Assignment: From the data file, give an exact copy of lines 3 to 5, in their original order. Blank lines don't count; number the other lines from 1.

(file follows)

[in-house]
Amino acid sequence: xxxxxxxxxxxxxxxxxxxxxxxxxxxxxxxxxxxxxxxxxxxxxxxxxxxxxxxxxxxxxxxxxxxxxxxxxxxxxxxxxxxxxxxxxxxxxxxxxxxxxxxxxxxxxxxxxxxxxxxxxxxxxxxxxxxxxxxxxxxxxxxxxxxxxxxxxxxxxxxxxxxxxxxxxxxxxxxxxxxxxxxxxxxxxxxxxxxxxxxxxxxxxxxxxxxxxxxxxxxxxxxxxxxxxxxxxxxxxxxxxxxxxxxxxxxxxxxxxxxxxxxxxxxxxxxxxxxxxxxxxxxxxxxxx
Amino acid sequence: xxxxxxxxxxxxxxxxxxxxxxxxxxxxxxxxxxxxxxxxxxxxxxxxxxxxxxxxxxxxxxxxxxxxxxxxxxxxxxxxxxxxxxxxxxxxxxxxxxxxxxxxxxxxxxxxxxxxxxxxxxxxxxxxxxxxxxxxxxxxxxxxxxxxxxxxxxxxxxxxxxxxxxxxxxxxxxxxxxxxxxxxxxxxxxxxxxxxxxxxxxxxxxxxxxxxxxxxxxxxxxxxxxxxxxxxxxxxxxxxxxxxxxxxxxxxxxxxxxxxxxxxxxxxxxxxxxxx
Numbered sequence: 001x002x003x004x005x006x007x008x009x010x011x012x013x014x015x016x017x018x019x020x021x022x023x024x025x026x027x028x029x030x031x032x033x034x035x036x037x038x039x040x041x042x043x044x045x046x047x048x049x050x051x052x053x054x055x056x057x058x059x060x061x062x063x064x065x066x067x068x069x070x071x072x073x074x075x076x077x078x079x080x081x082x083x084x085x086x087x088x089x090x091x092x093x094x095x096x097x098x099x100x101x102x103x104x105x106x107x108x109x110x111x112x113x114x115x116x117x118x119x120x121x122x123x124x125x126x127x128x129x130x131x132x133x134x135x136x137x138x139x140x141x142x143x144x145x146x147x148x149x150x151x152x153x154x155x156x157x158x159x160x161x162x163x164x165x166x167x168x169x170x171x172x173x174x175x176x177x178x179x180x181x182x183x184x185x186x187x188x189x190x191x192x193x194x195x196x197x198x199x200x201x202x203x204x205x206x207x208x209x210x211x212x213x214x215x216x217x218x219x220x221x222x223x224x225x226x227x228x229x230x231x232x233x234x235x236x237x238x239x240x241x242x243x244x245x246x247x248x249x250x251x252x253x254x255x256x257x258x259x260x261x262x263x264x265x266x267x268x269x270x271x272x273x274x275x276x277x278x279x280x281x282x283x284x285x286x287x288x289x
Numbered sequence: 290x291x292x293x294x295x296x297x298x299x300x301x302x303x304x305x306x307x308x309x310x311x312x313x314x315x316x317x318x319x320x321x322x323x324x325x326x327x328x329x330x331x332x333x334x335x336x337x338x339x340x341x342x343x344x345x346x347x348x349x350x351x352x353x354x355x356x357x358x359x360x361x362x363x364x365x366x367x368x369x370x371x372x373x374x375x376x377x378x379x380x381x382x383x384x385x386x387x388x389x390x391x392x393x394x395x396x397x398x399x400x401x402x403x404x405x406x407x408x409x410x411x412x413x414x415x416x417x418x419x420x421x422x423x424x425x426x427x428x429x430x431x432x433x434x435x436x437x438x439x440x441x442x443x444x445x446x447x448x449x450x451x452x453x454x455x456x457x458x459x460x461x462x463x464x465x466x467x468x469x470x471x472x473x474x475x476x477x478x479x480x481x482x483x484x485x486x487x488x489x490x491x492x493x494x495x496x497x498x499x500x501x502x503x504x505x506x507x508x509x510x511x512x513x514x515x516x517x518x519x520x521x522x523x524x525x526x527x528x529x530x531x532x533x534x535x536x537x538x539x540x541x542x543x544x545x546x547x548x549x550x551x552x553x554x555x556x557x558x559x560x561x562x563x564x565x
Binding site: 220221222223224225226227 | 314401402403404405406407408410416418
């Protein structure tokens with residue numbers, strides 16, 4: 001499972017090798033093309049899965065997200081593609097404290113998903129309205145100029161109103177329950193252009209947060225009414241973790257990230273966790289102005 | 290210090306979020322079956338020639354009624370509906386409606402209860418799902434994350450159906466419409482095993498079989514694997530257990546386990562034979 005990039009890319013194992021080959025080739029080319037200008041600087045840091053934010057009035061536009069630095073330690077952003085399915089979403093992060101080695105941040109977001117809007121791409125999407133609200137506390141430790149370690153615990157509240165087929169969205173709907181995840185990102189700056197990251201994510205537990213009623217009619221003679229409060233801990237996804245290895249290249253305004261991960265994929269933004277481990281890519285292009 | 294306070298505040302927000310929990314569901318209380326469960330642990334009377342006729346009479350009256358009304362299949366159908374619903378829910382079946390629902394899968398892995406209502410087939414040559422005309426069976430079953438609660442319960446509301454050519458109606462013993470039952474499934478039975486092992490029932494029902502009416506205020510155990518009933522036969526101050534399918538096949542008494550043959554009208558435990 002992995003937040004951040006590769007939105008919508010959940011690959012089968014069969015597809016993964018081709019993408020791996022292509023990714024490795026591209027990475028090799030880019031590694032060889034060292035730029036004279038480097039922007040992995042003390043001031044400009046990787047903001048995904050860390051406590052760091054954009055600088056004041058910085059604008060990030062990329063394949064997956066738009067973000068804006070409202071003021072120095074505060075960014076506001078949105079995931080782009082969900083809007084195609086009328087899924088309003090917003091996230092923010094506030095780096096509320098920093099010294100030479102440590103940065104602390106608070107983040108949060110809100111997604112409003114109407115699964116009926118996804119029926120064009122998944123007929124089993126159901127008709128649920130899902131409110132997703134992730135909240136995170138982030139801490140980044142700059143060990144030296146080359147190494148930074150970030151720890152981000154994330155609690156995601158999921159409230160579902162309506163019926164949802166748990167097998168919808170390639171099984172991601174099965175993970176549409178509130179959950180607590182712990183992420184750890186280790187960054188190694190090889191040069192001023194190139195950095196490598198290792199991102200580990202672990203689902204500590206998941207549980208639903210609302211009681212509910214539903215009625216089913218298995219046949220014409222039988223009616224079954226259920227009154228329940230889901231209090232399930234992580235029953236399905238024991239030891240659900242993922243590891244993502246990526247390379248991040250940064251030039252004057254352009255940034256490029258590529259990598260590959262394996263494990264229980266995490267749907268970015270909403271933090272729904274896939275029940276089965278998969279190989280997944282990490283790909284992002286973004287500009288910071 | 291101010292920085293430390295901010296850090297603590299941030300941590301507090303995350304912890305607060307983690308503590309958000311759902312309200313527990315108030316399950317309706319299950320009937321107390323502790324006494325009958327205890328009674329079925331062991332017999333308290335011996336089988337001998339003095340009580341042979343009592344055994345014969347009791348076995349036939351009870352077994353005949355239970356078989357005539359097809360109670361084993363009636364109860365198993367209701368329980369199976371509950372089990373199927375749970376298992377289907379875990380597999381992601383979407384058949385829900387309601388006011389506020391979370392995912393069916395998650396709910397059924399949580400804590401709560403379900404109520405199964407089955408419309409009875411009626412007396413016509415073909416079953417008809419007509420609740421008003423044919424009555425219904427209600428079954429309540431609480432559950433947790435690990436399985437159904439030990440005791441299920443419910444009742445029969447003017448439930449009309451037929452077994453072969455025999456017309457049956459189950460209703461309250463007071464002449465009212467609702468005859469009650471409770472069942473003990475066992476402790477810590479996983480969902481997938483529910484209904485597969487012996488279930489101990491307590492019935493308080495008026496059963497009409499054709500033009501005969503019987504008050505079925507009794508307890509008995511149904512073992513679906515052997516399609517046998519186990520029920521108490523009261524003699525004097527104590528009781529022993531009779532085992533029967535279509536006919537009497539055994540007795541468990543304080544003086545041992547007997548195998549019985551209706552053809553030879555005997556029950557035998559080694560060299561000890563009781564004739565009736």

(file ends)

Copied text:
Amino acid sequence: xxxxxxxxxxxxxxxxxxxxxxxxxxxxxxxxxxxxxxxxxxxxxxxxxxxxxxxxxxxxxxxxxxxxxxxxxxxxxxxxxxxxxxxxxxxxxxxxxxxxxxxxxxxxxxxxxxxxxxxxxxxxxxxxxxxxxxxxxxxxxxxxxxxxxxxxxxxxxxxxxxxxxxxxxxxxxxxxxxxxxxxxxxxxxxxxxxxxxxxxxxxxxxxxxxxxxxxxxxxxxxxxxxxxxxxxxxxxxxxxxxxxxxxxxxxxxxxxxxxxxxxxxxxxxxxxxxxx
Numbered sequence: 001x002x003x004x005x006x007x008x009x010x011x012x013x014x015x016x017x018x019x020x021x022x023x024x025x026x027x028x029x030x031x032x033x034x035x036x037x038x039x040x041x042x043x044x045x046x047x048x049x050x051x052x053x054x055x056x057x058x059x060x061x062x063x064x065x066x067x068x069x070x071x072x073x074x075x076x077x078x079x080x081x082x083x084x085x086x087x088x089x090x091x092x093x094x095x096x097x098x099x100x101x102x103x104x105x106x107x108x109x110x111x112x113x114x115x116x117x118x119x120x121x122x123x124x125x126x127x128x129x130x131x132x133x134x135x136x137x138x139x140x141x142x143x144x145x146x147x148x149x150x151x152x153x154x155x156x157x158x159x160x161x162x163x164x165x166x167x168x169x170x171x172x173x174x175x176x177x178x179x180x181x182x183x184x185x186x187x188x189x190x191x192x193x194x195x196x197x198x199x200x201x202x203x204x205x206x207x208x209x210x211x212x213x214x215x216x217x218x219x220x221x222x223x224x225x226x227x228x229x230x231x232x233x234x235x236x237x238x239x240x241x242x243x244x245x246x247x248x249x250x251x252x253x254x255x256x257x258x259x260x261x262x263x264x265x266x267x268x269x270x271x272x273x274x275x276x277x278x279x280x281x282x283x284x285x286x287x288x289x
Numbered sequence: 290x291x292x293x294x295x296x297x298x299x300x301x302x303x304x305x306x307x308x309x310x311x312x313x314x315x316x317x318x319x320x321x322x323x324x325x326x327x328x329x330x331x332x333x334x335x336x337x338x339x340x341x342x343x344x345x346x347x348x349x350x351x352x353x354x355x356x357x358x359x360x361x362x363x364x365x366x367x368x369x370x371x372x373x374x375x376x377x378x379x380x381x382x383x384x385x386x387x388x389x390x391x392x393x394x395x396x397x398x399x400x401x402x403x404x405x406x407x408x409x410x411x412x413x414x415x416x417x418x419x420x421x422x423x424x425x426x427x428x429x430x431x432x433x434x435x436x437x438x439x440x441x442x443x444x445x446x447x448x449x450x451x452x453x454x455x456x457x458x459x460x461x462x463x464x465x466x467x468x469x470x471x472x473x474x475x476x477x478x479x480x481x482x483x484x485x486x487x488x489x490x491x492x493x494x495x496x497x498x499x500x501x502x503x504x505x506x507x508x509x510x511x512x513x514x515x516x517x518x519x520x521x522x523x524x525x526x527x528x529x530x531x532x533x534x535x536x537x538x539x540x541x542x543x544x545x546x547x548x549x550x551x552x553x554x555x556x557x558x559x560x561x562x563x564x565x